Sunday, 6 February 2011

Just Answer the Question

I have been looking forward to the return of the Insiders so I can get my weekly fix of political analysis, debate and cartoons.

This morning’s program illustrated two classic examples of why we not only remain cynical about our politicians, but why this cynicism grows.

The first example concerned Tony Abbott.

It was revealed last week that at the end of an e-mail distributed to party members and others putting forward arguments against the Flood Levy, there was a request for donations to the Liberal Party inclusive of a link to allow easy facilitation of such donations.

Apparently and not altogether surprisingly, this is a standard request included on all e-mails.

The Leader of the Opposition has been criticised for being insensitive in that he had his signature on an e-mail requesting donations at a time when funds are being requested from the public to assist with the rebuilding of peoples’ lives after the devastation of the Queensland Floods.

The Prime Minister and Treasurer have had a field day calling the request ‘disgusting’ and politicking aside, the request for money to the Party was an unfortunate inclusion in the e-mail.

In the interview on Insiders, Tony Abbott was asked if he thought the Liberal Party was more deserving than the Queensland Floods appeal for funds at this time. Instead of plainly and unambiguously answering “no the Queensland Floods appeal is more deserving,” Abbott answered to the effect that everyone has the right to make up their own minds as to where monies are directed.

When pushed further on the matter, he said words to the effect that he would never discourage anyone from donating to the Floods Appeal but again added that it is an individual choice and he would also never discourage anyone from thinking a donation to the Party was also worthwhile.
You are on a hiding to nothing Mr Abbott. Surely at a personal level you believe the floods are a more worthy cause in the immediate term. In addition, at a political level this would surely be the correct answer also.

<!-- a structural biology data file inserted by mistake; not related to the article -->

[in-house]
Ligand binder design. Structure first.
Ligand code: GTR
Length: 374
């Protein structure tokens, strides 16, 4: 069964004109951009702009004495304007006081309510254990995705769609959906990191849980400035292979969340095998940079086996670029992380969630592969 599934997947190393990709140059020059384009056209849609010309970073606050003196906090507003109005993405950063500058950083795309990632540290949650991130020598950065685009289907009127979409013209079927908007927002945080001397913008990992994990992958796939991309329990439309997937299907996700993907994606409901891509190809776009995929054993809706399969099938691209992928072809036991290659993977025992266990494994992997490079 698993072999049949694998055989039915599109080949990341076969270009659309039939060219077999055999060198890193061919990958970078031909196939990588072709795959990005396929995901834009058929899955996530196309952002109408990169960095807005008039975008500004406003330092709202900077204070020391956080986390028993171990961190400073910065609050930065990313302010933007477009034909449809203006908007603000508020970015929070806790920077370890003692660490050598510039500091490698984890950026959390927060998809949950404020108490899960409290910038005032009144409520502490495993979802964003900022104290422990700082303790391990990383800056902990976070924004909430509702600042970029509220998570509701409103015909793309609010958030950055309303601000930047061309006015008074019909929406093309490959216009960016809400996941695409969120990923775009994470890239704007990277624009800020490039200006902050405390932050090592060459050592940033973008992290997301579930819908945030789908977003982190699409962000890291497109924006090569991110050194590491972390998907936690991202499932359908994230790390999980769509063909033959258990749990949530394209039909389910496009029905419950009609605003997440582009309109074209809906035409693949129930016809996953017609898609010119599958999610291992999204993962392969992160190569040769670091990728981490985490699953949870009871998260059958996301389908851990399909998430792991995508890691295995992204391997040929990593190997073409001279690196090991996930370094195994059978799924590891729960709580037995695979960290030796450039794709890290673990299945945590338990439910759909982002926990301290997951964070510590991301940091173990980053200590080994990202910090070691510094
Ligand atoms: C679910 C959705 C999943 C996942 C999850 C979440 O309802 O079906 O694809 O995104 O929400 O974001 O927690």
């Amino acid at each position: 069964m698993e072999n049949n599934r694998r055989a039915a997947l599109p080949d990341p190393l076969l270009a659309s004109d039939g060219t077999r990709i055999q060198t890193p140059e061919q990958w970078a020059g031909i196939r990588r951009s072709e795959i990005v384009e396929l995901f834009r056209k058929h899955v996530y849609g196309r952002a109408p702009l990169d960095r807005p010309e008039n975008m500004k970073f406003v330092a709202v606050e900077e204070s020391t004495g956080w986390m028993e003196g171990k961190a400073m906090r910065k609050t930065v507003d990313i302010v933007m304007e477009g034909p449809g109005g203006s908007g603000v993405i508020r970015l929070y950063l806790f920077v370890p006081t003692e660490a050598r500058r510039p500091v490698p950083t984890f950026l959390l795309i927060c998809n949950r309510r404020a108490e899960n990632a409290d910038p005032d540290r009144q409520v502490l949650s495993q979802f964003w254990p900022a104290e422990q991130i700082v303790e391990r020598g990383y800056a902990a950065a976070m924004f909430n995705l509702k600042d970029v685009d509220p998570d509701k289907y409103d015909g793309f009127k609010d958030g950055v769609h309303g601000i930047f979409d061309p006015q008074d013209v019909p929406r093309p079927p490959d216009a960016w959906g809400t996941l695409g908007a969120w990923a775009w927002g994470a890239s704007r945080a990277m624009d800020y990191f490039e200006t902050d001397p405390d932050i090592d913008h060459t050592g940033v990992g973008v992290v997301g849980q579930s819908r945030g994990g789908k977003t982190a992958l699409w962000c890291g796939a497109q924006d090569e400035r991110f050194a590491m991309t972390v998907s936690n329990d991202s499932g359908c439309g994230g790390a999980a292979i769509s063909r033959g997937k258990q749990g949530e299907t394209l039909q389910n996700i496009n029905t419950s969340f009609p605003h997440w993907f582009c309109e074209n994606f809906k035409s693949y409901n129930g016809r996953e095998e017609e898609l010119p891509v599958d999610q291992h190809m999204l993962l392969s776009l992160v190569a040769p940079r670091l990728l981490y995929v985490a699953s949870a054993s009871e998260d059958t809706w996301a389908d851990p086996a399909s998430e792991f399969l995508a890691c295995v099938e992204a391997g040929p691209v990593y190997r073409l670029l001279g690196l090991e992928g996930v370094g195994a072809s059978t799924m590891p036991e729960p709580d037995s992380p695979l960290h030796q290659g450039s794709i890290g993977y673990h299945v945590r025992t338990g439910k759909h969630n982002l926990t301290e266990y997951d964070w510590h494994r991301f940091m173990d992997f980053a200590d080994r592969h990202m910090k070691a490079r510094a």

The second case involved the Education Minister in the New South Wales Government, Verity Firth whose husband Matthew Chesher was arrested last week for allegedly purchasing Ecstasy.
I don’t care about the private life and habits of a Politician’s spouse however the reality is, such an event is a news story and many people are interested.

I also do not think the Minister should have to conduct a press conference to answer questions about her husband however the fact is this is exactly what she was required to do. I guess there is some relevance in that he was once a ministerial staffer however he does not hold such a position at the moment.

Inevitably Verity Firth was asked if she had ever taken Ecstasy. She answered by saying she had “done nothing wrong”. When pushed, she repeated the same answer and when pushed further expanded the answer with “I have nothing to apologise about. My conscience is absolutely clear.”

By answering the question as she did, my, and perhaps most viewers would not unreasonably form the opinion that she had in fact taken the drug.
If you haven’t, say definitively that you haven’t, and if you have, say so.
A ‘yes’ answer would actually achieve more for your self image and even the honesty and integrity of your Government than the wishy washy rubbish you came out with.

And if the answer was to be yes, say so and then immediately ask the journalist of they have taken or used any illegal drugs and push them for an answer. After all, aren’t political journalist also public figures who help form opinion? If it is good enough to know about a Politician’s family’s private lives on the basis this might influence decisions they make and policies they develop, surely it would be fair to know about a Journalist family private life because this could influence the way a story is reported.

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